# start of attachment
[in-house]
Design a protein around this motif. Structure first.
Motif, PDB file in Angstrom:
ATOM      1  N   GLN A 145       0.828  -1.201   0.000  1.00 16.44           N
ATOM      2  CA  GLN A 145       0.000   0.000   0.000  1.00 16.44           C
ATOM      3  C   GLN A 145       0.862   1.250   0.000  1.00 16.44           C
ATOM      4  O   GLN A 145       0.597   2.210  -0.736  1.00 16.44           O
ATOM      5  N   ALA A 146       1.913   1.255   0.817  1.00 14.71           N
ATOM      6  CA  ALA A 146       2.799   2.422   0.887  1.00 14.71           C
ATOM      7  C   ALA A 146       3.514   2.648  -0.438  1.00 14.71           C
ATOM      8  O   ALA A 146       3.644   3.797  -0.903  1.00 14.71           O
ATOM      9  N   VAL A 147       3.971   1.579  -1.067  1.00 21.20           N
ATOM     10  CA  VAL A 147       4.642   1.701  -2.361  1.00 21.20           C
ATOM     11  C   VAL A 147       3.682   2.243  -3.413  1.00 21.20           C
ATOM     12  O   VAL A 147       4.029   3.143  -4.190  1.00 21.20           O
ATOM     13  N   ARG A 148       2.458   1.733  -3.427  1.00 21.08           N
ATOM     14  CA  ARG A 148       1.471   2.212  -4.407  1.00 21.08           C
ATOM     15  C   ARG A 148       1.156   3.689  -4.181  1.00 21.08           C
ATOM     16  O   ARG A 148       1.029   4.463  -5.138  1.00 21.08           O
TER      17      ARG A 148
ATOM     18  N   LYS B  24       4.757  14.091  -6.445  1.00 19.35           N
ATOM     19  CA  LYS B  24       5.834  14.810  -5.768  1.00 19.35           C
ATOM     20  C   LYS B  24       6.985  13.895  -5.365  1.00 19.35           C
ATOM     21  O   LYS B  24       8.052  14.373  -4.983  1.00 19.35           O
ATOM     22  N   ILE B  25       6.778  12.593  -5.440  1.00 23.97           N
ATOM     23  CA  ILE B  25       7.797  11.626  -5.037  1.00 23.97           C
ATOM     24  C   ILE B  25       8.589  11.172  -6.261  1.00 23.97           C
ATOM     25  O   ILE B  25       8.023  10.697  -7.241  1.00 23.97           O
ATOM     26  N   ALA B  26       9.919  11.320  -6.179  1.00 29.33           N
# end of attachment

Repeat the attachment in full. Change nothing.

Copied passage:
[in-house]
Design a protein around this motif. Structure first.
Motif, PDB file in Angstrom:
ATOM      1  N   GLN A 145       0.828  -1.201   0.000  1.00 16.44           N
ATOM      2  CA  GLN A 145       0.000   0.000   0.000  1.00 16.44           C
ATOM      3  C   GLN A 145       0.862   1.250   0.000  1.00 16.44           C
ATOM      4  O   GLN A 145       0.597   2.210  -0.736  1.00 16.44           O
ATOM      5  N   ALA A 146       1.913   1.255   0.817  1.00 14.71           N
ATOM      6  CA  ALA A 146       2.799   2.422   0.887  1.00 14.71           C
ATOM      7  C   ALA A 146       3.514   2.648  -0.438  1.00 14.71           C
ATOM      8  O   ALA A 146       3.644   3.797  -0.903  1.00 14.71           O
ATOM      9  N   VAL A 147       3.971   1.579  -1.067  1.00 21.20           N
ATOM     10  CA  VAL A 147       4.642   1.701  -2.361  1.00 21.20           C
ATOM     11  C   VAL A 147       3.682   2.243  -3.413  1.00 21.20           C
ATOM     12  O   VAL A 147       4.029   3.143  -4.190  1.00 21.20           O
ATOM     13  N   ARG A 148       2.458   1.733  -3.427  1.00 21.08           N
ATOM     14  CA  ARG A 148       1.471   2.212  -4.407  1.00 21.08           C
ATOM     15  C   ARG A 148       1.156   3.689  -4.181  1.00 21.08           C
ATOM     16  O   ARG A 148       1.029   4.463  -5.138  1.00 21.08           O
TER      17      ARG A 148
ATOM     18  N   LYS B  24       4.757  14.091  -6.445  1.00 19.35           N
ATOM     19  CA  LYS B  24       5.834  14.810  -5.768  1.00 19.35           C
ATOM     20  C   LYS B  24       6.985  13.895  -5.365  1.00 19.35           C
ATOM     21  O   LYS B  24       8.052  14.373  -4.983  1.00 19.35           O
ATOM     22  N   ILE B  25       6.778  12.593  -5.440  1.00 23.97           N
ATOM     23  CA  ILE B  25       7.797  11.626  -5.037  1.00 23.97           C
ATOM     24  C   ILE B  25       8.589  11.172  -6.261  1.00 23.97           C
ATOM     25  O   ILE B  25       8.023  10.697  -7.241  1.00 23.97           O
ATOM     26  N   ALA B  26       9.919  11.320  -6.179  1.00 29.33           N